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Scrabble Trademark not infringed by Scramble with Friends Online App
- AuthorTorion Bowles
Torion Bowles of our Commercial Litigation and Dispute Resolution Team takes a look at the recent Court of Appeal decision where it was found that Mattel’s Community Trademark for SCRABBLE was not infringed or passed off by Zynga Inc’s online words game Scramble With Friends (“SWF”).
A Community Trademark (“CTM”) provides protection across all EU member states, to its owner against third parties using without its consent and in the course of trade any sign/mark which is identical or similar to the CTM in relation to the goods or services for which the CTM is registered OR where there is a likelihood of confusion on part of the public. In addition, a CTM can also offer protection where a another business uses a sign which is identical/similar to the CTM in relation to goods or services which are not similar but where the usage takes unfair advantage of, or is detrimental to, the distinctive character or the repute of the CTM. To obtain registration as a CTM the mark must not be merely descriptive of the characteristics of the goods or generic — so it is unlikely that a mark “Bread” or “Sliceable” would be granted for loaves of bread as that would prevent competitors describing their own products in ordinary words.
In the case of J.W. Spear & Sons Limited (Mattel) and another v Zynga Inc (2015), Mattel had CTMs for the words SCRABBLE and SCRAMBLE, a figurative CTM (a pictorial or graphic sign/logo) containing the word “scrabble” and a UK trademark for the shape of a SCRABBLE playing tile. These marks were registered for electronic games. Zynga Inc produced an online word game called “Scramble” and “Scramble with Friends” (SWF).
Mattel felt that Scramble and SWF infringed their registered trademarks and were passing off SCRABBLE and SCRAMBLE (confusing the public into believing they were connected with Mattel’s products). Mattel issued proceedings in the High Court and the Judge found first, that Mattel’s UK trademark was invalid (so could not be infringed) and then dismissed the claims for infringement of the SCRABBLE CTMs despite finding that on quick glance there was potential for confusion between the marks as the stylised “M” in the title of SWF was similar to the stylised “B” in the title of SCRABBLE. There could be no infringement of the SCRAMBLE CTM as the High Court also found that it was invalid, as it too was descriptive or generic in relation to the characteristics of the goods (the way the game was played).
Mattel and Zynga each appealed the elements of the decision that went against them to the Court of Appeal. The Court of Appeal decided that the SCRAMBLE CTM was valid and had been infringed, but the decision of the High Court to dismiss the claims for infringement and passing off in relation to the SCRABBLE CTM was upheld.
Despite Mattel producing a number of reviews from I-Tunes, gaming review websites and Twitter indicating that members of the online gaming community had been confused between the games SCRABBLE and SWF, the Court considered that there was insufficient evidence that a significant part of the public was actually confused. The Court said that there is no particular level of similarity that has to be met before the courts should hold that the public would be confused but Mattel had just not produced sufficient evidence to prove that there was actual public confusion caused by the similarities between the stylised “M” in the title of SWF and the “B” in the title of SCRABBLE. Zynga Inc was able to demonstrate that SCRABBLE and SWF had competed alongside each other in the electronic games market without causing significant confusion to the public.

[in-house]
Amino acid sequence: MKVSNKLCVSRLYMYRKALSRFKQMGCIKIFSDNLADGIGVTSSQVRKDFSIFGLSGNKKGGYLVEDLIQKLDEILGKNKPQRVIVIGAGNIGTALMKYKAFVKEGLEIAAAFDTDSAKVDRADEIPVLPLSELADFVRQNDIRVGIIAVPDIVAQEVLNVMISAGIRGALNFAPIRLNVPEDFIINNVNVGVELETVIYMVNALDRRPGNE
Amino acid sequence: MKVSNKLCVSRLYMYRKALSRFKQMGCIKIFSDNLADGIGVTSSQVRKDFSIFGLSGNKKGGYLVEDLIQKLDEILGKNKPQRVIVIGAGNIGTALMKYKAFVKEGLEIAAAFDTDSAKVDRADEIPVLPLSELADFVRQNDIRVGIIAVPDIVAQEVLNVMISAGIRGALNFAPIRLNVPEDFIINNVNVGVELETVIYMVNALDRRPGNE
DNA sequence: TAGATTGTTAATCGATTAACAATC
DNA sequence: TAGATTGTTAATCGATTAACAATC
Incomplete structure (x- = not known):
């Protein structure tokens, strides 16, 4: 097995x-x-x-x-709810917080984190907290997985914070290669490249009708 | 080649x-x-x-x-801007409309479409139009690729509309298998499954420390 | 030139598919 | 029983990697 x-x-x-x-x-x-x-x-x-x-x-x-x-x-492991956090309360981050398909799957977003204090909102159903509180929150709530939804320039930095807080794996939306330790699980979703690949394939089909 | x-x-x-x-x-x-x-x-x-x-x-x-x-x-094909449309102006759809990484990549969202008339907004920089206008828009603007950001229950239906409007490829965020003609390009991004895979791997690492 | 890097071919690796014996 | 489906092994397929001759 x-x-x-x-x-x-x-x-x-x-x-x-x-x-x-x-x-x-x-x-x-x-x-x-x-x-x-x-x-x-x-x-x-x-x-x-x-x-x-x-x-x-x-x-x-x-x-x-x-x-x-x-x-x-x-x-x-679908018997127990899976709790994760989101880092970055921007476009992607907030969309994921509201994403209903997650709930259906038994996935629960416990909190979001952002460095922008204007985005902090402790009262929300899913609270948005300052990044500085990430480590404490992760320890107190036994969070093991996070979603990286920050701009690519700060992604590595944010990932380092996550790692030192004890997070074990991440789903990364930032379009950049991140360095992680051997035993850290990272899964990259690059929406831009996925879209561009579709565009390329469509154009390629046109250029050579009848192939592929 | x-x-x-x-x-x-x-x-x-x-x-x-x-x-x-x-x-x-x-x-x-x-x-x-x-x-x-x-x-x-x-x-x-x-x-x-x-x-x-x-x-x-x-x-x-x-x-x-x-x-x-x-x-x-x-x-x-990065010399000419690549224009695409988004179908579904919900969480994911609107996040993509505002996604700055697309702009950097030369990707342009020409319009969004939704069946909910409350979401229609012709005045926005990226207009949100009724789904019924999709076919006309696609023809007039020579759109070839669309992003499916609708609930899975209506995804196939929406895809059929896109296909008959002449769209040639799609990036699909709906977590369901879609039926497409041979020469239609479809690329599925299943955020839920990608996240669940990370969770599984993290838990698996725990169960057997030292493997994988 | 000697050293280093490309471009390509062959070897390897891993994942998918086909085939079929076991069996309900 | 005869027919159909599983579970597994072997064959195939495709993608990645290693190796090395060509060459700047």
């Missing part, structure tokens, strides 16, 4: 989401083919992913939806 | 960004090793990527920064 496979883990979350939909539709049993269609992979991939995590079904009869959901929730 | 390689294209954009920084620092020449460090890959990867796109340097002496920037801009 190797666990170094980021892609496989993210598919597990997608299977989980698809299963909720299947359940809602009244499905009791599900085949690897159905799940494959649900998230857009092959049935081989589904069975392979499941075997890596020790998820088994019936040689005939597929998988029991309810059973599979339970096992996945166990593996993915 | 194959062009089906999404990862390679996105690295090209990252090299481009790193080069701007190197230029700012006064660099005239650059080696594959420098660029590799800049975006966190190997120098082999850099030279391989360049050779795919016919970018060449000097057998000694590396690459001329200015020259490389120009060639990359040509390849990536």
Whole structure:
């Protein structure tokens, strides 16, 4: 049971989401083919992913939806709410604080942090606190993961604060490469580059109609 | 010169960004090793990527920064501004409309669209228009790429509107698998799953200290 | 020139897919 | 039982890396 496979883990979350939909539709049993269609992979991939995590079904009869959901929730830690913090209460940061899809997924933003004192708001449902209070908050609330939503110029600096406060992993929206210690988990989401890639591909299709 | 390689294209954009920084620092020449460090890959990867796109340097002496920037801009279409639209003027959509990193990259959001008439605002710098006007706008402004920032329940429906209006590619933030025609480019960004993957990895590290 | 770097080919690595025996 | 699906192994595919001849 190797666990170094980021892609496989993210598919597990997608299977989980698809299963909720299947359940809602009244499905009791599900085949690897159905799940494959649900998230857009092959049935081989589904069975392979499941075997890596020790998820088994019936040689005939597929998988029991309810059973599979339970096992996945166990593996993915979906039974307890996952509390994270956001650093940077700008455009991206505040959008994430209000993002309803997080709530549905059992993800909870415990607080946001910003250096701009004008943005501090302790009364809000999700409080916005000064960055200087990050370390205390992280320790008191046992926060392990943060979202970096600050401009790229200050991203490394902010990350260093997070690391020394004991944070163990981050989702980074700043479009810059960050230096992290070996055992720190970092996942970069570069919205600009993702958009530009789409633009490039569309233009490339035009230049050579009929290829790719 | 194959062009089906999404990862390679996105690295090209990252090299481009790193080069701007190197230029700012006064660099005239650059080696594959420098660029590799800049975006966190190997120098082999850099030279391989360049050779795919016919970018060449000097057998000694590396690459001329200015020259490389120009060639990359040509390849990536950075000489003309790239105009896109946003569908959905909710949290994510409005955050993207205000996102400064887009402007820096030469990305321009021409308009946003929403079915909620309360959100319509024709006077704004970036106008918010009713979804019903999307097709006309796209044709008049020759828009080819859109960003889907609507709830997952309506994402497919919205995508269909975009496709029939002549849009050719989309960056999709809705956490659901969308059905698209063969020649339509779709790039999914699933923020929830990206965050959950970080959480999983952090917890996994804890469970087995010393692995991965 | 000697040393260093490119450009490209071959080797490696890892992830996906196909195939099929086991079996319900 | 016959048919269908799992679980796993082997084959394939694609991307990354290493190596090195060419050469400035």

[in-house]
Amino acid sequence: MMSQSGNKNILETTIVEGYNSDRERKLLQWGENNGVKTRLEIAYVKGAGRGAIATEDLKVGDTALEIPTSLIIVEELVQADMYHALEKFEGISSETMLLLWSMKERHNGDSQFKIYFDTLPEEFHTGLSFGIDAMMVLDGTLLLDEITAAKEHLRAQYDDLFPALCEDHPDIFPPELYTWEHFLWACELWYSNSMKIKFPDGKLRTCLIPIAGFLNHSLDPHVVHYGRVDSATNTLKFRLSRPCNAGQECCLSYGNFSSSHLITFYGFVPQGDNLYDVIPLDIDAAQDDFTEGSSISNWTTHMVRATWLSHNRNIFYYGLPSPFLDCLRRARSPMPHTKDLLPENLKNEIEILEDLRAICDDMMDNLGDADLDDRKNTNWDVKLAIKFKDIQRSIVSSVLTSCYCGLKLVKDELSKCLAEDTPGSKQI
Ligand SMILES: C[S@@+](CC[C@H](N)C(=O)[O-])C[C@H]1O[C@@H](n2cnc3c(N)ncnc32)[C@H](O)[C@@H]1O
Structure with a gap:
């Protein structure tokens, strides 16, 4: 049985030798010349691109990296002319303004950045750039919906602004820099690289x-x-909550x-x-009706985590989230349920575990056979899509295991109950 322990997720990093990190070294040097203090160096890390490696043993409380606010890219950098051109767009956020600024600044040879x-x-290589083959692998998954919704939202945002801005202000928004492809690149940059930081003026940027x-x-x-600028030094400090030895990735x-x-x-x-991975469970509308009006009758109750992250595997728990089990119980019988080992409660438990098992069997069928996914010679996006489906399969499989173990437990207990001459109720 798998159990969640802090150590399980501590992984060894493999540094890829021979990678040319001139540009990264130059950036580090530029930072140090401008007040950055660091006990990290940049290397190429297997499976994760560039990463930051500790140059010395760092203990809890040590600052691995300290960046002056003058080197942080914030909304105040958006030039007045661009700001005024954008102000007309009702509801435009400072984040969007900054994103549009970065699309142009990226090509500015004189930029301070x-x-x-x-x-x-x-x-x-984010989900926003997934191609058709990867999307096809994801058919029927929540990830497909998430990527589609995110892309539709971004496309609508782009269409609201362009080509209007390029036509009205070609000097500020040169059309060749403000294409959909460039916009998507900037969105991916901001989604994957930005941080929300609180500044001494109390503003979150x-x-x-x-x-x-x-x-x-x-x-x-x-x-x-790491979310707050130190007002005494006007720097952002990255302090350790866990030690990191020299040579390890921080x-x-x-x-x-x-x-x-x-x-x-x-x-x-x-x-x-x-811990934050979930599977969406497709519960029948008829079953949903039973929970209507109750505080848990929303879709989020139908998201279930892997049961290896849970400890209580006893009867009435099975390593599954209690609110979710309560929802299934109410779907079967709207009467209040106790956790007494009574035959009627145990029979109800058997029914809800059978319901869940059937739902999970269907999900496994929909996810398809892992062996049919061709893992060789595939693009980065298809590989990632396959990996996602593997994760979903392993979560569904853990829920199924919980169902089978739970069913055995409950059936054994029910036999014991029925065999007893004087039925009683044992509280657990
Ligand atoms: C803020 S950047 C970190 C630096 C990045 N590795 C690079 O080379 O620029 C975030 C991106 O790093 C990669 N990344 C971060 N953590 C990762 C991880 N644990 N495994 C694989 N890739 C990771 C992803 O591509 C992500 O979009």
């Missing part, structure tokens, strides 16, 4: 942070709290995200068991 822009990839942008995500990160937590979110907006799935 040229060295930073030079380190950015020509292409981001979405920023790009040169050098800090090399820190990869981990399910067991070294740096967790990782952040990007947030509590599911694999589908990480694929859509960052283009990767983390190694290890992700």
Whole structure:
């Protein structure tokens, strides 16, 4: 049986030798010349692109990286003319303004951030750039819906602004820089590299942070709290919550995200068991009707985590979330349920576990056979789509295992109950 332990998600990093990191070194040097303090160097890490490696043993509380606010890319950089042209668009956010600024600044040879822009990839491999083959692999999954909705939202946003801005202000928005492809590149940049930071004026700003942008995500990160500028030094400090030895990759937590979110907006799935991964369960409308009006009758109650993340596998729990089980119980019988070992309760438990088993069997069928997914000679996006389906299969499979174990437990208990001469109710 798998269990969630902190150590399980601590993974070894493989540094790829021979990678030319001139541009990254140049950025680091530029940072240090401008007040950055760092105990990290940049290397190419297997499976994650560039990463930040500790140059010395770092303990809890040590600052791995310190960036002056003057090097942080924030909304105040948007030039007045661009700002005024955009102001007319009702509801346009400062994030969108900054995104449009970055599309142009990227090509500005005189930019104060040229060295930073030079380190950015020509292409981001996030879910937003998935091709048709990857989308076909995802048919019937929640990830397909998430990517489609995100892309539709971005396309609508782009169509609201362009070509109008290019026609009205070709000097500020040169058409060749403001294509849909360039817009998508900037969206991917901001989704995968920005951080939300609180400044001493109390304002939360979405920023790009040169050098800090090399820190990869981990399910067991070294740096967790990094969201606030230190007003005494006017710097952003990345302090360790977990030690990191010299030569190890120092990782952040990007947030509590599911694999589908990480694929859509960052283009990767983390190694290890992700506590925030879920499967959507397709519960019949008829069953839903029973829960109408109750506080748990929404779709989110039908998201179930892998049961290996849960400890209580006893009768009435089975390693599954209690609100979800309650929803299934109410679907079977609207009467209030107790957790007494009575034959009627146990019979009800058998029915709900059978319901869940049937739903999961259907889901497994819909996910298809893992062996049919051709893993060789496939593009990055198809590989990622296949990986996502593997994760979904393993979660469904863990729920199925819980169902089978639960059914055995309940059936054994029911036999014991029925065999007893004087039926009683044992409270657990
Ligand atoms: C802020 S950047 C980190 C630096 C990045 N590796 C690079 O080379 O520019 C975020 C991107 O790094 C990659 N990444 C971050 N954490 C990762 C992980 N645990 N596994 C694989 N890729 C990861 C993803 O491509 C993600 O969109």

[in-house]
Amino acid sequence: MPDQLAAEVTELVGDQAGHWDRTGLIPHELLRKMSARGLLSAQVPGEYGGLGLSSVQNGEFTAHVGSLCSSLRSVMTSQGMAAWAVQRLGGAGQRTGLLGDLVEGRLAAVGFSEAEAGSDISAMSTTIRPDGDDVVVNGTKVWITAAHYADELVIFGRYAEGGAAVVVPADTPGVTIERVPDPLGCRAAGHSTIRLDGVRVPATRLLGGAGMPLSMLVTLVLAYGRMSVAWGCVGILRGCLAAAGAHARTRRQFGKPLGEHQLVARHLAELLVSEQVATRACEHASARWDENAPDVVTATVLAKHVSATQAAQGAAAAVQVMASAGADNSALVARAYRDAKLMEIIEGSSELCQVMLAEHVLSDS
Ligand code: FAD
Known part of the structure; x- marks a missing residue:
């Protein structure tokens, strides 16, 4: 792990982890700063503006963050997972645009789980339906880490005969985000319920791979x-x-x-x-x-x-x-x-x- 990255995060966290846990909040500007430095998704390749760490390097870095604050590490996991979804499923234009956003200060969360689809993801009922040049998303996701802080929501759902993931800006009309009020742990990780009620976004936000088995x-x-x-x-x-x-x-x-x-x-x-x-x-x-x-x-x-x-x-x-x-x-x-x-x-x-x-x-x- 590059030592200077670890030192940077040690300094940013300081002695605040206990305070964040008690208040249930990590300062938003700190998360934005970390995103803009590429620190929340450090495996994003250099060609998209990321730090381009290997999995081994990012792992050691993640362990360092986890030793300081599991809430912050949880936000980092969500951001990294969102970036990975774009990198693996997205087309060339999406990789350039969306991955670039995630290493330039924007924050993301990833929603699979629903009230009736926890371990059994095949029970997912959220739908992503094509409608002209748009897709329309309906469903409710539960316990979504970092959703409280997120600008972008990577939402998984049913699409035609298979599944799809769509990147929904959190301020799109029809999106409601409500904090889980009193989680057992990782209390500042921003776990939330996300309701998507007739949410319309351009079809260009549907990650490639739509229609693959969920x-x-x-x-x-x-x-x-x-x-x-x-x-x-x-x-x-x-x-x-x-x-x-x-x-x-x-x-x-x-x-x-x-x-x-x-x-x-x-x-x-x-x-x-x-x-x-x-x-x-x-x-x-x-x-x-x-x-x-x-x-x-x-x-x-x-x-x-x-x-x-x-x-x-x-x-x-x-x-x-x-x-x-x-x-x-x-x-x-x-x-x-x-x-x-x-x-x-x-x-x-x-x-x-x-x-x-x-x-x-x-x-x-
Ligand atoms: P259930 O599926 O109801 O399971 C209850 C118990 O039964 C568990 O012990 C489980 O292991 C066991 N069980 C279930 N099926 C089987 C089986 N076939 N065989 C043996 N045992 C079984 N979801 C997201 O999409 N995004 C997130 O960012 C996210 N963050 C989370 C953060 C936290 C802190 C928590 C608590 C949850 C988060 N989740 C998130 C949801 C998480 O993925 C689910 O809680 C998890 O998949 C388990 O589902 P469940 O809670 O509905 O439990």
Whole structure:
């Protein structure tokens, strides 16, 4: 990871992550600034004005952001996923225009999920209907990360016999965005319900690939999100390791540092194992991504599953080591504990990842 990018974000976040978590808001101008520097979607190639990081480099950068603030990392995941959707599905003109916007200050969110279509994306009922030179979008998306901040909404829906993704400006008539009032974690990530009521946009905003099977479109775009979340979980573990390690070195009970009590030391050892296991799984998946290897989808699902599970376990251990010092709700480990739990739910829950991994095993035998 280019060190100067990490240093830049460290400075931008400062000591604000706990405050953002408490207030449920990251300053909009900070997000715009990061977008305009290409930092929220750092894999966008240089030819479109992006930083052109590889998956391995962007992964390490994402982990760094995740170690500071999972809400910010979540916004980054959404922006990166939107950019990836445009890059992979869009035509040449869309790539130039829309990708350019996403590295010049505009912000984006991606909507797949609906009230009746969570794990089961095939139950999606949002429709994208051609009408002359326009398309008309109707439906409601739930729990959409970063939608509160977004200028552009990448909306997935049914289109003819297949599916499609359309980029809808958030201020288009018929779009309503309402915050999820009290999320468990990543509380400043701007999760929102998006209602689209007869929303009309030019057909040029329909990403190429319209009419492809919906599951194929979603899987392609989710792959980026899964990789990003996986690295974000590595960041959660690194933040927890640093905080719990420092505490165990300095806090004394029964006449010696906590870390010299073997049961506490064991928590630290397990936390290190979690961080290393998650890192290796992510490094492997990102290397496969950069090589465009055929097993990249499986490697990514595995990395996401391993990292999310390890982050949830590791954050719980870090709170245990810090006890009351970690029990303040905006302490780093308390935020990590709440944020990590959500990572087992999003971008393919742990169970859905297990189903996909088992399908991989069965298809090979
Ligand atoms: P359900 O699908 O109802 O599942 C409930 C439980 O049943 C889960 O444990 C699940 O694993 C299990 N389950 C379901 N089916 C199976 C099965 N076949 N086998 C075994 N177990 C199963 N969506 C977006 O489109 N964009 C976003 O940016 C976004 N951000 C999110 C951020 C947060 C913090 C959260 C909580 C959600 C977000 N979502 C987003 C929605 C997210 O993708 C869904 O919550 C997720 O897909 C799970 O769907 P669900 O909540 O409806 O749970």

The Court of Appeal did decide that Mattel’s SCRAMBLE CTM was valid, thus reversing the decision of the High Court on that point. The Court said that although the word scramble was a common word used to describe a rushed activity, the SCRAMBLE CTM was neither descriptive of a characteristic of the goods nor generic in the context of online gaming apps. Consequently, and unsurprisingly the Court found that the SCRAMBLE CTM was infringed by SWF and confusion would be inevitable. Adding the words “with friends” to the word Scramble would not prevent that confusion.
So, Zynga will have to change the word “Scramble” in its product name SCRAMBLE WITH FRIENDS, or, in reality, come up with an entirely different name, at least for Europe. That of course will be expensive and disruptive.
The final outcome of this case underlines the importance of clients obtaining evidence to substantiate actual confusion caused to the public, even where there appears to be clear similarity in the signs and marks. More basically it is a reminder of how careful businesses need to be when choosing names for their products and that they should avoid names that are similar to the registered trademarks of well established competitors.
For more information on intellectual property rights and their enforcement, please contact Torion Bowles of our Commercial Litigation and Dispute Resolution Team on 02380 717455 or visit their section of the website here.
This is for information purposes only and is no substitute for, and should not be interpreted as, legal advice. All content was correct at the time of publishing and we cannot be held responsible for any changes that may invalidate this article.